Where the biggest gap begins to open up between core Trump supporters and Republicans who are not core Trump supporters is on questions related to America’s foreign alliances. In particular, while 60 percent of Republicans overall believe that America’s NATO alliance is “essential,” only 54 percent of core Trump supporters share that view—Republicans who are not core Trump supporters would likely poll closer to the 64 percent of Independents who view NATO as “essential.” Overall, 69 percent of Americans view NATO as essential, a smaller but still clear increase over 2016, when 65 percent felt the same way. Core Trump supporters were far more likely than other groups (60 percent, compared with only 40 percent of non-Trump Republicans) to agree with Trump’s view that America should “withhold its commitment to defend NATO members until NATO allies actually spend more on defense.”
After this piece was published, the Chicago Council released additional survey results specific to the Iran nuclear deal (Joint Comprehensive Plan of Action or JCPOA). The survey shows that, overall, 60 percent of Americans support America’s continued participation in the JCPOA against 36 percent who do not. That figure is unchanged from 2016 and has remained remarkably consistent since the Chicago Council began asking about the interim nuclear deal with Iran back in 2014—62 percent of Americans supported the deal that year, and 59 percent in 2015. Interestingly, there was a bit of movement on the JCPOA among Republicans as compared to last year. In 2016, most Republicans were opposed to the deal, 52 percent compared to 46 percent in support. This year’s survey shows them nearly split at 48 percent each.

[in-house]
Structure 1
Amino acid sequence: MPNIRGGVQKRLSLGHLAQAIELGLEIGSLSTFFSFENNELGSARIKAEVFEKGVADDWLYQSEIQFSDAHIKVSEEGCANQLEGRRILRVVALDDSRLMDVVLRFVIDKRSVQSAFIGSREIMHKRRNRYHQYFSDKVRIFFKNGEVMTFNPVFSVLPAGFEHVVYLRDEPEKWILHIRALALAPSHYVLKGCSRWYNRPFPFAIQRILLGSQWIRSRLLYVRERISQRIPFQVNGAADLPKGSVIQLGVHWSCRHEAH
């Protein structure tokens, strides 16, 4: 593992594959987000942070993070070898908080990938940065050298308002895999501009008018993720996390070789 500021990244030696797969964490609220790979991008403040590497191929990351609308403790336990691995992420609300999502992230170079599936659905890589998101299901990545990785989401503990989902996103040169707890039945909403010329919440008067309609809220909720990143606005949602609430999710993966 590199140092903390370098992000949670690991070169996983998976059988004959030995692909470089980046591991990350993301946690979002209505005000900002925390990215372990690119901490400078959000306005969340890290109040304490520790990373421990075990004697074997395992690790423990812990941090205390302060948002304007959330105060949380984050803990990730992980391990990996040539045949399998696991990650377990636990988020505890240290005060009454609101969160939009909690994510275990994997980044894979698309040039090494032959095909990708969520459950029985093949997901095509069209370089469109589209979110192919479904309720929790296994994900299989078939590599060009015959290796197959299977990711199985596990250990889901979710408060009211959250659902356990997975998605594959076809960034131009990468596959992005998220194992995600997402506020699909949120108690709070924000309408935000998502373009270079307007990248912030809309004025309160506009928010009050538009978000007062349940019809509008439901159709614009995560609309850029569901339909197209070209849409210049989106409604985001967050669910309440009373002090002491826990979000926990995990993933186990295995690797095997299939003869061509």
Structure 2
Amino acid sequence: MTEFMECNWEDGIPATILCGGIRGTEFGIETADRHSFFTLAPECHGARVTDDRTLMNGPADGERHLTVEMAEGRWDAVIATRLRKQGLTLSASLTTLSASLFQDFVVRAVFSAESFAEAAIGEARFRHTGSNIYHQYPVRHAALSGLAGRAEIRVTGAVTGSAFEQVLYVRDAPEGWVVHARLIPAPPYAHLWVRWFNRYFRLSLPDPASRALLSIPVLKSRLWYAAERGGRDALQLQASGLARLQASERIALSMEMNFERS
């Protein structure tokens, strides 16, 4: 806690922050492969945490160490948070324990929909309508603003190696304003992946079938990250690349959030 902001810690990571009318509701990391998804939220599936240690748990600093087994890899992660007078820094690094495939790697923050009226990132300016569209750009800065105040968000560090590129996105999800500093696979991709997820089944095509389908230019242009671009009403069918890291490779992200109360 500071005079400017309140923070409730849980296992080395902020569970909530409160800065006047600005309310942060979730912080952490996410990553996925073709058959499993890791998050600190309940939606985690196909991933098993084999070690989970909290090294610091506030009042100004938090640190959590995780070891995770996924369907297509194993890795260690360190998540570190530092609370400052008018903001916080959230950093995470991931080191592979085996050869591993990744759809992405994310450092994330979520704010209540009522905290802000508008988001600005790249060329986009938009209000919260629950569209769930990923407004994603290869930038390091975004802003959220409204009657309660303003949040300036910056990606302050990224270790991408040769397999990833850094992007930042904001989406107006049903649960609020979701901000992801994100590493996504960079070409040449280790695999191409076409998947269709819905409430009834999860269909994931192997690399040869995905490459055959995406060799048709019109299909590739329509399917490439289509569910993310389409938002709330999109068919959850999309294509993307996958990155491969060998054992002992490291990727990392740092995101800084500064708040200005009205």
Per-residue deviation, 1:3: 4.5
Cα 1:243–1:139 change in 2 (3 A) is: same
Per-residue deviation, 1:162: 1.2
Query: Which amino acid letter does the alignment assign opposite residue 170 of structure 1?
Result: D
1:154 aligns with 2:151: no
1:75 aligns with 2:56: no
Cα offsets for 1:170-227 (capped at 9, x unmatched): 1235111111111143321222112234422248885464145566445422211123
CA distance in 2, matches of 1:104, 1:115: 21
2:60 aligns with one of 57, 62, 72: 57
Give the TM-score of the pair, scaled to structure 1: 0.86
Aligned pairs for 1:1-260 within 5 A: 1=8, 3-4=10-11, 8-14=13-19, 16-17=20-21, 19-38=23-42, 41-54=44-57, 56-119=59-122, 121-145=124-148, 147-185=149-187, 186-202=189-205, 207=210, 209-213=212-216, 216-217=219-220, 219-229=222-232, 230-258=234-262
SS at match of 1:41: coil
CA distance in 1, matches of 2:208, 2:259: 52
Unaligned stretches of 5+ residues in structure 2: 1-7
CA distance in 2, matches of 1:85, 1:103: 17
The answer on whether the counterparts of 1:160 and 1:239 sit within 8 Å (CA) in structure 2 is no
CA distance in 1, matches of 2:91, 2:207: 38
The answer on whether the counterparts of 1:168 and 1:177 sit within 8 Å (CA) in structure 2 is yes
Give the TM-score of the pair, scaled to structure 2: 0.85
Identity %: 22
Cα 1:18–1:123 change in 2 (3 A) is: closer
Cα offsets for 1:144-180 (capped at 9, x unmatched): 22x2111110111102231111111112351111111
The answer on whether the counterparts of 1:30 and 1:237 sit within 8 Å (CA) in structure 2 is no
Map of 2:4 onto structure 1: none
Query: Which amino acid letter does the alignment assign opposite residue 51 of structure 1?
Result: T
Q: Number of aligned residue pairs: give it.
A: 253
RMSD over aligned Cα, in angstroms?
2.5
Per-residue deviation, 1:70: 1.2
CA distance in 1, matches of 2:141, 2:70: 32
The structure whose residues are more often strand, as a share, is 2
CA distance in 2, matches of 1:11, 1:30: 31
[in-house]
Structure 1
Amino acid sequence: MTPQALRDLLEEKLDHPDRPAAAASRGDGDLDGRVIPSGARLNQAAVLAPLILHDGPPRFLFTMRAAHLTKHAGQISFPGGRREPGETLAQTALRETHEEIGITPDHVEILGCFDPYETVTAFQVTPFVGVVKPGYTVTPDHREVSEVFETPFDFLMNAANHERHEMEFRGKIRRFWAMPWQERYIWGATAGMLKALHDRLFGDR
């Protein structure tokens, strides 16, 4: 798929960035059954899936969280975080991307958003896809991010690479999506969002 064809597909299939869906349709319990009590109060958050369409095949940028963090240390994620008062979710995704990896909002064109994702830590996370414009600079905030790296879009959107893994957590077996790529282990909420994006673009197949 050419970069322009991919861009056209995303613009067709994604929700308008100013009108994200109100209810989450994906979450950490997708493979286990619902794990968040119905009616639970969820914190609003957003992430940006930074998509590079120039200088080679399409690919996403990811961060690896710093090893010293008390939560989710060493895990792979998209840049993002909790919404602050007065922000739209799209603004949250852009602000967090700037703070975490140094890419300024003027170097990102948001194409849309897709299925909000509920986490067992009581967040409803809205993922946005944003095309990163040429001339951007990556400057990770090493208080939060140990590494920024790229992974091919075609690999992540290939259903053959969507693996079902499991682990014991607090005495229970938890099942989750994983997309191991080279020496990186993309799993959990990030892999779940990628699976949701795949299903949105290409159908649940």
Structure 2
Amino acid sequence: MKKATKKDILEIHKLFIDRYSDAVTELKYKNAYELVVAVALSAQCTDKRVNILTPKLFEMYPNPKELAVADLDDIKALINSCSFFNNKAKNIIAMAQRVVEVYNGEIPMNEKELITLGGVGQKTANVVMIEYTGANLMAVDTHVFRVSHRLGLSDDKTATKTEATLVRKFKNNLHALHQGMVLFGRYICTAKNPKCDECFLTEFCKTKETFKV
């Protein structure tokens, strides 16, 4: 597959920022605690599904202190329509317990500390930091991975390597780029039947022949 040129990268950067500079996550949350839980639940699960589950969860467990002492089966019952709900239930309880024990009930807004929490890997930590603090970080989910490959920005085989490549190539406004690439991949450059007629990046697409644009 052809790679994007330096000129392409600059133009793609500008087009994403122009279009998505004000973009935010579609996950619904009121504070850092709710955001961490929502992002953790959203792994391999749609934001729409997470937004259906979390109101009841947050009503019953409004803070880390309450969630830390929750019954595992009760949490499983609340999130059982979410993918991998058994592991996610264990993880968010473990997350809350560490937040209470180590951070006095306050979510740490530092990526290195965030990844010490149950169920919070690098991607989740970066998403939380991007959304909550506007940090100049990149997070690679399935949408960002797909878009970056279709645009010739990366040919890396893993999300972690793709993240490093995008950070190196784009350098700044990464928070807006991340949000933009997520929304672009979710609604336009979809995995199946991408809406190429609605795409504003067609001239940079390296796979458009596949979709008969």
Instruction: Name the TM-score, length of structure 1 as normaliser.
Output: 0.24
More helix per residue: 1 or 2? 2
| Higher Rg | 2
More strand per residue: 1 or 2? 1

With President Trump rapidly approaching the October 15 date when he’s expected to decertify Iran’s compliance with the JCPOA and put the deal’s survival in grave risk, it might behoove the White House to give these results a close look.
You take Chicago Council Survey, I’ll take Pew Research Center. Currently, 52% say free trade agreements between the United States and other countries are a good thing for the U.S., while 40% view them as a bad thing, according to a recent survey by Pew Research Center. In October, during the campaign’s final weeks, just 45% expressed positive opinions of free trade agreements. Current views of free trade remain less positive than they were in May 2015, when 58% said these agreements were good for the U.S.